New ice core lab to analyse million-plus years of climate history

9 March 2023

Through the Million Year Ice Core project, Tasmania is gaining an entirely new climate research capability at the Institute for Marine and Antarctic Studies in Hobart.

Dr Andy Menking of the Australian Antarctic Program Partnership is currently testing the mass spectrometer that will read the atmospheric data from air bubbles trapped in the ice core archives.

“I’m fortunate to be setting up the new mass spectrometer with our partner agency CSIRO at their Global Atmospheric Sampling Laboratory (GASLAB) in Aspendale Victoria.”

“CSIRO’s ICELAB-GASLAB facility has been producing quality data from their spectrometer for the last thirty years, which is perfect for calibrating our new Isotope Ratio Mass Spectrometer.”

“I’m able to extract an ice sample, analyse the air bubbles on our new machine, walk across the hall, and check it on CSIRO’s older machine,” said Dr Menking.

Once this stage of testing is complete, measurements will be made of ice core air from recent decades through to pre-industrial times. Then will come the delicate task of moving the sensitive equipment from CSIRO to Hobart.

The team from the Million Year Ice Core project collect shallow ice cores at Little Dome C in January 2023 (photo: Rob Dickson)

Birthday ice

Million Year Ice Core project leader Dr Joel Pedro, from the Australian Antarctic Division, said that AAD and CSIRO have been international leaders in ice core CO2 research in the past, and new research this decade will build on that world-class expertise.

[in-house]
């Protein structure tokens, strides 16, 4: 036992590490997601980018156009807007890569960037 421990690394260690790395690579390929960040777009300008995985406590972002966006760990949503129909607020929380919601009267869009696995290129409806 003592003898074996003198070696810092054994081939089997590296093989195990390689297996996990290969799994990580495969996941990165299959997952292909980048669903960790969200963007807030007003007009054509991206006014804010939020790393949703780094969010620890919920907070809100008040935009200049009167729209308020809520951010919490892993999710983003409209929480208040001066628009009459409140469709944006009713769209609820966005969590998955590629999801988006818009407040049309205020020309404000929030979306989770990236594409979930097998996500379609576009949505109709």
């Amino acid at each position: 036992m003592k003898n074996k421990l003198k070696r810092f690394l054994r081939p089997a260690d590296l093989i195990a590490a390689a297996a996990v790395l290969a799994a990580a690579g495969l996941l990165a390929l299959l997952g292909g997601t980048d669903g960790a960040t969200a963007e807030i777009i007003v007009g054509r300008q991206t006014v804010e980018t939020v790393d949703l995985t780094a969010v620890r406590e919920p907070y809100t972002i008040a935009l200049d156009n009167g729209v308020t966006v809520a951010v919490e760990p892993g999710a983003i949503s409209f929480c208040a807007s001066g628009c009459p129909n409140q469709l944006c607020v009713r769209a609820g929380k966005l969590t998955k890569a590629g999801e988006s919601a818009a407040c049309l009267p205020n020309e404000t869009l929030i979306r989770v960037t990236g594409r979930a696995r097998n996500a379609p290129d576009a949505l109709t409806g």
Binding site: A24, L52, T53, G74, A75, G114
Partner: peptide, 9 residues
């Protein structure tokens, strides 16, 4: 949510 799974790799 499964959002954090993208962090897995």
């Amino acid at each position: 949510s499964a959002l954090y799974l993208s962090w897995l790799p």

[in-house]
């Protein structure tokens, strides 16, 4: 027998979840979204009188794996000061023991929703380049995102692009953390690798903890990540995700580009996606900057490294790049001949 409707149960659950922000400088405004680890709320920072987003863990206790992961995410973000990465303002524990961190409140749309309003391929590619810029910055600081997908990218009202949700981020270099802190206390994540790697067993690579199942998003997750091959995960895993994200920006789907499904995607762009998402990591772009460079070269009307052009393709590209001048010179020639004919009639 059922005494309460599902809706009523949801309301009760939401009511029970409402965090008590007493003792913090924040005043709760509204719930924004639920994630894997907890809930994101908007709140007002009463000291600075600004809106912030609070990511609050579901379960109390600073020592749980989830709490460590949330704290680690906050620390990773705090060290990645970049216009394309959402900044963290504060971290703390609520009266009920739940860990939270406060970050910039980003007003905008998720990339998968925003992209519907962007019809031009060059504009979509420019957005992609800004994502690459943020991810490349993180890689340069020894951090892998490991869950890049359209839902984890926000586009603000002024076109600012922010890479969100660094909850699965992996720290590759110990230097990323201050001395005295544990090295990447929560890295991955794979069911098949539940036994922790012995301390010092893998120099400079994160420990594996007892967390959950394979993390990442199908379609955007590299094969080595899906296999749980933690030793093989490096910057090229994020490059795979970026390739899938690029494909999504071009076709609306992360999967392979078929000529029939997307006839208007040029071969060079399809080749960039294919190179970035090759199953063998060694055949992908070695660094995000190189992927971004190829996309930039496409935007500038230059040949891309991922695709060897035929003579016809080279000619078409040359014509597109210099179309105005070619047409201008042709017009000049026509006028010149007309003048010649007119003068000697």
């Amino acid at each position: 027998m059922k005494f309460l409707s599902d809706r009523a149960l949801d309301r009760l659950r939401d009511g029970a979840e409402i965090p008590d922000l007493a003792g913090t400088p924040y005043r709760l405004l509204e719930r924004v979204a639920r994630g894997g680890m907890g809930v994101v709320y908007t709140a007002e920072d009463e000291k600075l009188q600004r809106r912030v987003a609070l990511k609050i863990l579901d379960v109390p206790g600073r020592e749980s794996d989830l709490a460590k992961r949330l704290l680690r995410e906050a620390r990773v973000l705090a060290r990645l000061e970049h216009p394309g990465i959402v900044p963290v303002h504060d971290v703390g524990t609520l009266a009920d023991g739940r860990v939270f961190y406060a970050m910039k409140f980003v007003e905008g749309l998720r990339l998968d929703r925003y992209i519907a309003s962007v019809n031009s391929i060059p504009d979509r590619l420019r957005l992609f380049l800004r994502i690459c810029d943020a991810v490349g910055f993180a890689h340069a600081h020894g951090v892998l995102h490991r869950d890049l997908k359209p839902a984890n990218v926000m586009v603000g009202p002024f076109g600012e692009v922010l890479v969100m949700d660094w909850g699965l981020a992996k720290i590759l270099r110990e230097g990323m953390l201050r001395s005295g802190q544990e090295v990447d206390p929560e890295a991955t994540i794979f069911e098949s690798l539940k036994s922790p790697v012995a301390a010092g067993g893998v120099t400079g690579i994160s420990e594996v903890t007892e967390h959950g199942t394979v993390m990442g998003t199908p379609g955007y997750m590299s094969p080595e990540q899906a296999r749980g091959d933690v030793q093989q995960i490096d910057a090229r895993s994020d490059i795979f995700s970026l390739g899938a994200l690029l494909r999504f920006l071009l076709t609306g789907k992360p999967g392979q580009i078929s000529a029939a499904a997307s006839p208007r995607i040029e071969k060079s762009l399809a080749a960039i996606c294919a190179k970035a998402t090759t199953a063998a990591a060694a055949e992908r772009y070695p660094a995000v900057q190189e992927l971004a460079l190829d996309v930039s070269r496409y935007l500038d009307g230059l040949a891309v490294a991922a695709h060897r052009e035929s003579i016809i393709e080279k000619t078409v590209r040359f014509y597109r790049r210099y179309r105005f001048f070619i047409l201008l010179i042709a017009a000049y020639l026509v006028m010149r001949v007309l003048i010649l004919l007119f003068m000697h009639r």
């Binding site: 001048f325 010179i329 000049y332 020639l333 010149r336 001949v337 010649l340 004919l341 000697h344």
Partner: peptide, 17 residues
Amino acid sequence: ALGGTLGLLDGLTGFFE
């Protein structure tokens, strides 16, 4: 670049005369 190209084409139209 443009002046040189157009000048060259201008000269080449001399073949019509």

He paid credit to Dr Menking for his skilled and painstaking work to develop the new system and test it on ice drilled from Law Dome in east Antarctica in 1987.

“Coincidentally (or not?), the 234-metre deep DE08 ice core Andy is using was drilled at Law Dome by CSIRO’s Dr David Etheridge in the year Andy was born.”

“It’s trendy these days to put the CO2 concentration of your birth year in your social media profile. But building a new system and measuring the CO2 in an ice core drilled in your birth year – respect!” Dr Pedro said.

Since 1987, the DE08 ice core (and newer cores drilled from the same site) has produced some of the main records of greenhouse gases, their isotopes, and ozone depleting gases over the anthropogenic era, used in climate and ozone assessments by the Intergovernmental Panel on Climate Change, World Meteorological Organisation and United Nations Environment Program.

Uncommon and difficult

The Isotope Ratio Mass Spectrometer (IRMS) ionises gas molecules to allow the precise measurement of mixtures of naturally occurring stable isotopes in ice core air bubbles, such as 13C/12C and 18O/16O ratios in atmospheric CO2.

Isotopes are different species of the same element, and their ratios indicate whether the CO2 came from oceanic or terrestrial carbon pools.

Dr Menking has adapted an ‘off-the-shelf’ IRMS for the Million Year Ice Core project by adding a purification line to extract CO2 from air bubbles in the ice samples.

“All water vapour must be removed from the air sample, and the purification line separates out the CO2 we want to measure.”

The process involves first shaking ice core samples in an abrasive vacuum chamber known as a ‘cheese grater’, and then extracting the air released through a frozen stainless-steel tube at a temperature of 12 Kelvin (minus 261oC).